'Anonymous' targets Israeli websites over Gaza war
"In terms of the amount of traffic, it's not massive," he said, explaining that the attackers were yet to draw on networks of infected computers — known as botnets — to mount their attacks. Botnets are amassed by hackers and can grow to include thousands of compromised computers, giving them much more firepower than a few dozen online activists acting in tandem.
Government sites aren't the only ones targeted. Many other apparently randomly chosen Israeli sites have been hit, including an Israeli massage parlor, an obscure luxury car site, an accountancy practice and a university website.
Erel Margalit, chairman of Jerusalem Venture Partners, a leading Israeli venture capital firm, has invested significantly in Israel's cybersecurity system but said more must be done.
"Israel has the Iron Dome system (to intercept incoming rockets), but it needs a cyberdome," he said, noting the government just approved collaboration on the first-ever private cybersecurity incubator to further invest in the industry.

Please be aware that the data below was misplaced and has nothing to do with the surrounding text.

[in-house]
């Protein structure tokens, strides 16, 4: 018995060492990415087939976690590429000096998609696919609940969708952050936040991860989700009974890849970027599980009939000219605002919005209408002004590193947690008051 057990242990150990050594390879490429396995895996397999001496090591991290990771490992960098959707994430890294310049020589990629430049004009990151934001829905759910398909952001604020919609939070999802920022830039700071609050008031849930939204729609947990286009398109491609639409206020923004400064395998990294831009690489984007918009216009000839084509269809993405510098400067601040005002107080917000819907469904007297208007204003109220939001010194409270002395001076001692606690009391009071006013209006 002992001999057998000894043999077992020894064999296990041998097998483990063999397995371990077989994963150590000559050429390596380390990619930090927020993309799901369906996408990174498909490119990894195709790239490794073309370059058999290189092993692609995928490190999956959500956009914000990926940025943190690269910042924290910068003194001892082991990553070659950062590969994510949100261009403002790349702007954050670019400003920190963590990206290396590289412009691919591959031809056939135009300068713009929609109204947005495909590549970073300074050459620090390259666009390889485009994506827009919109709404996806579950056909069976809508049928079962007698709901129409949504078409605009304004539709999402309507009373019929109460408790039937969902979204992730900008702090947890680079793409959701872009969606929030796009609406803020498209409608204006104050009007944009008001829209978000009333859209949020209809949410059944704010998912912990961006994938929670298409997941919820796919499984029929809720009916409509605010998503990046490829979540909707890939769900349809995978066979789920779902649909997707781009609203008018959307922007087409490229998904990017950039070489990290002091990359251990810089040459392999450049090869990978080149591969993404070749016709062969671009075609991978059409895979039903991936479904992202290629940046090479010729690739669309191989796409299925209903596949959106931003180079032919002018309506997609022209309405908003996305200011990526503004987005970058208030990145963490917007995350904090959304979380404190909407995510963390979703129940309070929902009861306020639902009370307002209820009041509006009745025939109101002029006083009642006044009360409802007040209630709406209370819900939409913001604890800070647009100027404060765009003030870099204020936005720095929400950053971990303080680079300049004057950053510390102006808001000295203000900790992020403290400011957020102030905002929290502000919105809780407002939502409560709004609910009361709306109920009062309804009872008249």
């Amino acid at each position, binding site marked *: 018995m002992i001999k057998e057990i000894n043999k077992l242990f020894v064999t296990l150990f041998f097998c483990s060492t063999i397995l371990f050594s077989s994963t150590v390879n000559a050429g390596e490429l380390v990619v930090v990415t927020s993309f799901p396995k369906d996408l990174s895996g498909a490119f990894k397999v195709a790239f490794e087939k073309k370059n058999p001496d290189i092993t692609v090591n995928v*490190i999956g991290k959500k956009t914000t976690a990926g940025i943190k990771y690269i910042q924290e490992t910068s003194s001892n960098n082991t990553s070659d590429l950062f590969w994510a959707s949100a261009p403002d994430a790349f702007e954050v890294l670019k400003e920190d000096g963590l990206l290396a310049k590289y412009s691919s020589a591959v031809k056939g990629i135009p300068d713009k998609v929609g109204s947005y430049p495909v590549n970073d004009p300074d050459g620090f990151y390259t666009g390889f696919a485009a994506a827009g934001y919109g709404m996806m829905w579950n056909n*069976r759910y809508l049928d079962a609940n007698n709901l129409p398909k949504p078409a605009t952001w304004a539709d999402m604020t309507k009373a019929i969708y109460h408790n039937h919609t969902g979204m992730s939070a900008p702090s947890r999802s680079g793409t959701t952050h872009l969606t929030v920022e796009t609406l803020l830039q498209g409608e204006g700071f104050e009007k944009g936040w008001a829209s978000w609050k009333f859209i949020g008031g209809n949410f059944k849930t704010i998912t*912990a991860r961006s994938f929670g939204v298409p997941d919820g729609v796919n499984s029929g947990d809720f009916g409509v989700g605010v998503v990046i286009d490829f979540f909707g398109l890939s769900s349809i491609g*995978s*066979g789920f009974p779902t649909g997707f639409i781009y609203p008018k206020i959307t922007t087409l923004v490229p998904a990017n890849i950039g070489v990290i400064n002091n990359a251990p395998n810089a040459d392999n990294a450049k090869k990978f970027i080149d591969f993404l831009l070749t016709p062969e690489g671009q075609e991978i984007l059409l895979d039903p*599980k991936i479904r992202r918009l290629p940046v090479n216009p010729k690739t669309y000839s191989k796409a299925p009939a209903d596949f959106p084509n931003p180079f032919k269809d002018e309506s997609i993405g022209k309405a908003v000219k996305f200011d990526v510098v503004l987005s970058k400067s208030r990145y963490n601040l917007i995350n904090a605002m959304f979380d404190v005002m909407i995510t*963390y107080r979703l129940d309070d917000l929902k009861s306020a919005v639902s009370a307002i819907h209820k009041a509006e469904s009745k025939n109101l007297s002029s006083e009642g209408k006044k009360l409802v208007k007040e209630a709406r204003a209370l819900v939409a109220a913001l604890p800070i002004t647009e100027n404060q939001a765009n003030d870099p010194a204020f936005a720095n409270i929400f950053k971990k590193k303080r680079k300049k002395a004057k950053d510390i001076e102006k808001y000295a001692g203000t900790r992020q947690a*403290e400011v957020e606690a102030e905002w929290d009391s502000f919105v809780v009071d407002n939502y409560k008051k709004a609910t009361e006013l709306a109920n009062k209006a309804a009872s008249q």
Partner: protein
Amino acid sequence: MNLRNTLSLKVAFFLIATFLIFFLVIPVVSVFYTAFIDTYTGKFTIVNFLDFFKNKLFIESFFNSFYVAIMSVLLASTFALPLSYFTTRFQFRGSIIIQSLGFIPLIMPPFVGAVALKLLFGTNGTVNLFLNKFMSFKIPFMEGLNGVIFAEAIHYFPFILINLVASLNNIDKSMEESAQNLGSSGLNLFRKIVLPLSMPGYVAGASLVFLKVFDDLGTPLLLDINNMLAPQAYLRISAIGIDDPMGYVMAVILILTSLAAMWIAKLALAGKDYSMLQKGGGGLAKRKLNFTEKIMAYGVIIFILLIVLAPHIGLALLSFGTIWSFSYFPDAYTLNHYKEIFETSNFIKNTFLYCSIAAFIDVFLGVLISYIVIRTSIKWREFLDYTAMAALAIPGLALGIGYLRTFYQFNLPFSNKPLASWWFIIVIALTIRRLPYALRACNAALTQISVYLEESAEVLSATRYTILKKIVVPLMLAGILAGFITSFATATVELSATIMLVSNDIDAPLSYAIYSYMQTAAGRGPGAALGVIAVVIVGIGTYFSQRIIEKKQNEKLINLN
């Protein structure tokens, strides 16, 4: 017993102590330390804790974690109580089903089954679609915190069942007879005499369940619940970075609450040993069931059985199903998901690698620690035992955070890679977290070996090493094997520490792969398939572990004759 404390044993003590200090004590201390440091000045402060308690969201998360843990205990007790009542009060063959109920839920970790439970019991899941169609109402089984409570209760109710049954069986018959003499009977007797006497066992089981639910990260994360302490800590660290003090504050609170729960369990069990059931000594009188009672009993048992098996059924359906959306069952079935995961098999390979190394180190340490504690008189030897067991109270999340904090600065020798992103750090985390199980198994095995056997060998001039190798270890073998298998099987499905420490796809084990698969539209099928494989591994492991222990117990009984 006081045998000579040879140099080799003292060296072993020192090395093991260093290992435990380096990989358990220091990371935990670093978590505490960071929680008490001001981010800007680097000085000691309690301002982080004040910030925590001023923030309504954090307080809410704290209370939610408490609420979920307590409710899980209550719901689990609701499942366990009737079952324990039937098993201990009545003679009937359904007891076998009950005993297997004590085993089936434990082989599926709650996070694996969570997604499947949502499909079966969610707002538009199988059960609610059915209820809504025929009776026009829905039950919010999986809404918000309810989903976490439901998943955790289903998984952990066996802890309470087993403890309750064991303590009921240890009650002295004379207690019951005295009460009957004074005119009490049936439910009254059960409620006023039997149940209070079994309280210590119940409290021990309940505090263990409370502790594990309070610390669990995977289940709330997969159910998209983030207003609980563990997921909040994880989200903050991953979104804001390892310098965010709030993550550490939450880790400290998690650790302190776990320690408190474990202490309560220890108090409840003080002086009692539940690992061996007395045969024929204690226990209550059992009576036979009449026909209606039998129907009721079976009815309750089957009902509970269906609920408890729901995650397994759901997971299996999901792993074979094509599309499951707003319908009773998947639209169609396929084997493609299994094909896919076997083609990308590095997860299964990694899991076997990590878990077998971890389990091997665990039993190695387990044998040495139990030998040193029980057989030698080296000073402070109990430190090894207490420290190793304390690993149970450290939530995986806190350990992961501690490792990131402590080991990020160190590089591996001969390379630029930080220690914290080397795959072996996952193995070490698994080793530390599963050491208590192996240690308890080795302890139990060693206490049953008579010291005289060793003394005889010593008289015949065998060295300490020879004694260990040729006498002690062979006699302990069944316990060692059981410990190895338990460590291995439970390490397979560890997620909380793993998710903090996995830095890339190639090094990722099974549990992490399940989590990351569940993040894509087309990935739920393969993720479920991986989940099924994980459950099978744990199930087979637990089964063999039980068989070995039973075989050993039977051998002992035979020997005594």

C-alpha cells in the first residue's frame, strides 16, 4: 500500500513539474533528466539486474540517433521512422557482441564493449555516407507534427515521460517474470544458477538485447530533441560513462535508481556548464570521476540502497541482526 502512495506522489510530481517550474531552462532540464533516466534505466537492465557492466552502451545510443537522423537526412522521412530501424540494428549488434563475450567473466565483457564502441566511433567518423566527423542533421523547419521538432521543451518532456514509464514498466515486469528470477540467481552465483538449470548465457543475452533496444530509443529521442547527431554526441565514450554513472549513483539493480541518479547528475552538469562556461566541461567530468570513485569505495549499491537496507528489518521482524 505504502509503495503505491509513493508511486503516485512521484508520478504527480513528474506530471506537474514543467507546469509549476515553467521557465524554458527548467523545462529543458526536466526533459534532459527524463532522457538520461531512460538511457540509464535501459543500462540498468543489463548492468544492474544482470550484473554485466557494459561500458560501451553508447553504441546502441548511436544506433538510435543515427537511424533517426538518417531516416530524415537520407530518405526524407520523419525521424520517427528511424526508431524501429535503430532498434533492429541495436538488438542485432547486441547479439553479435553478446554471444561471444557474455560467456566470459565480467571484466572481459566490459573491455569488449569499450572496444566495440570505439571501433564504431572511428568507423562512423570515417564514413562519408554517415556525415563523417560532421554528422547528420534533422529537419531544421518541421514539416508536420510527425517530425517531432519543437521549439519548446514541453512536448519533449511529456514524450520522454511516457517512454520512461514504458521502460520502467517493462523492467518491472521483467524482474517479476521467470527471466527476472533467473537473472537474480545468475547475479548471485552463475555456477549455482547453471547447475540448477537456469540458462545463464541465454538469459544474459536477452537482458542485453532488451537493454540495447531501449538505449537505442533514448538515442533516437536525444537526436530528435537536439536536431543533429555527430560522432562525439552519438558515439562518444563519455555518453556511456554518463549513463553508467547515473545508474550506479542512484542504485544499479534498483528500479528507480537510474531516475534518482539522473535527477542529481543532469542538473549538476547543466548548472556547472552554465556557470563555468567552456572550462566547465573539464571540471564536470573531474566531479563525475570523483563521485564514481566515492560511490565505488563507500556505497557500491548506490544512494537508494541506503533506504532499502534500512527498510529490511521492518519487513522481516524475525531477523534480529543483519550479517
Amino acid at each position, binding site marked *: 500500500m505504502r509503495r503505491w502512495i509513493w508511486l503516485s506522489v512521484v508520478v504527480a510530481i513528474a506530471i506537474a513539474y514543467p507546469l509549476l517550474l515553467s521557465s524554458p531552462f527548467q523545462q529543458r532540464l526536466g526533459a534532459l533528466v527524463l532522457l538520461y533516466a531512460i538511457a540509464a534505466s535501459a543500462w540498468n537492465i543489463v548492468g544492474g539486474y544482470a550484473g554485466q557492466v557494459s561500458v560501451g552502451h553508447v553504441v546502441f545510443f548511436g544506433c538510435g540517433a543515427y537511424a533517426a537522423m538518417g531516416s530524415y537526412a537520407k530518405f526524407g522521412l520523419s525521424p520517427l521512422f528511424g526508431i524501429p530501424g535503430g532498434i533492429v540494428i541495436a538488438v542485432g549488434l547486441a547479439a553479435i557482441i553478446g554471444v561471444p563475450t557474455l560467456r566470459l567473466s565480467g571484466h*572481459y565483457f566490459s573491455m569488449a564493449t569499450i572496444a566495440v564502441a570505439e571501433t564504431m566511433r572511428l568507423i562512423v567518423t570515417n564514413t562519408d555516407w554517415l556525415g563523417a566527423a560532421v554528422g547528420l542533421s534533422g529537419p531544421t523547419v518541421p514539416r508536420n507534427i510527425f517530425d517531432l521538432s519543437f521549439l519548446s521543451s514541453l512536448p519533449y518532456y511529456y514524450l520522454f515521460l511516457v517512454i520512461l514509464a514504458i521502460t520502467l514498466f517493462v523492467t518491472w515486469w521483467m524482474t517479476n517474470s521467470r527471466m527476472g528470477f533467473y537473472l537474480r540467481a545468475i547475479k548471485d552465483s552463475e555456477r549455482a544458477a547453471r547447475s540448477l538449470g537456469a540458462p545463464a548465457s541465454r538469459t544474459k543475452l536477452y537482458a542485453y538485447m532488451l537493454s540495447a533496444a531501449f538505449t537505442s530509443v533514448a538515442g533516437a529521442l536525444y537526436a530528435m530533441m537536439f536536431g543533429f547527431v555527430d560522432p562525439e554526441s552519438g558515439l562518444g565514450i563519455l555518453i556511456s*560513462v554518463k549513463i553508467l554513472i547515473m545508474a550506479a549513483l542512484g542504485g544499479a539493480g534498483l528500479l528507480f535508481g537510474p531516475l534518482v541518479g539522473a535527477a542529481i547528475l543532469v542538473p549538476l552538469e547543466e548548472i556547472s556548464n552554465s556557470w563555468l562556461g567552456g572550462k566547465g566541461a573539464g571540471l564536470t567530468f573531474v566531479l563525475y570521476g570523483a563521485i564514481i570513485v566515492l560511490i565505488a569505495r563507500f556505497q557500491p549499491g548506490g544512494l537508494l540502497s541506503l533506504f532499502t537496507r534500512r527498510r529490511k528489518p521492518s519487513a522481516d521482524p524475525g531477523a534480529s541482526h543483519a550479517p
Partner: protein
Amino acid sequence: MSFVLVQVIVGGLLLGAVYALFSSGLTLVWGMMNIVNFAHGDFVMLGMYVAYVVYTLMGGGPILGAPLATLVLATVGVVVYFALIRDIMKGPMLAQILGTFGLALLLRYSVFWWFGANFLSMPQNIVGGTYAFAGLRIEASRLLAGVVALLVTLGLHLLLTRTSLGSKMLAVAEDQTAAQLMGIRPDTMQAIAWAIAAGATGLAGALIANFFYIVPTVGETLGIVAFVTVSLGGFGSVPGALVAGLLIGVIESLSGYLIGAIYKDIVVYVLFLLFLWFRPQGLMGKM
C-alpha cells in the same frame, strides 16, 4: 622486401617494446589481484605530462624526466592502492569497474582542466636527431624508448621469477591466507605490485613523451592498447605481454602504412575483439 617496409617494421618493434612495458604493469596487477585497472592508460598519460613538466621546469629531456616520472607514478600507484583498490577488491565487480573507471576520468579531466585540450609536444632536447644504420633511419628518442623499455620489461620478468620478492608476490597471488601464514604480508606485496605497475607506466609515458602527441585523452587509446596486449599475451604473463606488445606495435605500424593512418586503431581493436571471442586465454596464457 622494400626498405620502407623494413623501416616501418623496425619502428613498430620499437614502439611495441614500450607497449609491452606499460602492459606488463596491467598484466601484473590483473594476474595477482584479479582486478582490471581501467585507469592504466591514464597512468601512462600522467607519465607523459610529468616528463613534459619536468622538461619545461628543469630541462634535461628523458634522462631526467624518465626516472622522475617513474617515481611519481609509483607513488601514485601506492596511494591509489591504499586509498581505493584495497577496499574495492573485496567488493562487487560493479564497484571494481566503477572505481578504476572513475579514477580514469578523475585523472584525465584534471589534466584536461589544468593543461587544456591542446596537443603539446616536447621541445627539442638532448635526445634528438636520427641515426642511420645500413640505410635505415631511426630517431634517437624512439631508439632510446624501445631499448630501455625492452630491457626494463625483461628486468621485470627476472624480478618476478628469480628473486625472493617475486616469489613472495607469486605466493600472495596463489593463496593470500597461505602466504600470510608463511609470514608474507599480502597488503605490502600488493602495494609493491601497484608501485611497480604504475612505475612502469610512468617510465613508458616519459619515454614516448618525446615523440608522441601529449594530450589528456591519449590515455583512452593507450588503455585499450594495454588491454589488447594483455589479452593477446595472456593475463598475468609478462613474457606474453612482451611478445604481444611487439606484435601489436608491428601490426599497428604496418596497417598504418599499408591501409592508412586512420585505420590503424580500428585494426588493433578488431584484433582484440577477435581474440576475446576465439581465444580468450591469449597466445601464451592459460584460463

"The start-up nation is also a cybernation, it needs to be defended, and Israel is known to be quite advanced in this field," he said. Israel is often called the start-up nation because of its technology companies.
Kenig said his company had seen evidence the attackers were ramping up their efforts.
Technolytics Institute, a private U.S. consultancy, said Israel is prepared to confront incoming threats, rating Israel as fourth behind Russia, China, and the U.S. for cyberintelligence capabilities — not just defensive, but offensive, as well.
Kevin Coleman, senior fellow at Technolytics, said while Israel has invested significantly in the industry, Anonymous has become a new, threatening "virtual state" of sorts.
"When you think about conflict in general, you think about borders, but the internet doesn't have borders," he said. "So how do you retaliate against a loose coalition? How do you negotiate a cease-fire with Anonymous? We're at the tip of the iceberg in figuring out how to deal with virtual states and creating a new paradigm," he said.
"We need to do it quickly, though. This is the warfare of the future."
Satter reported from London.
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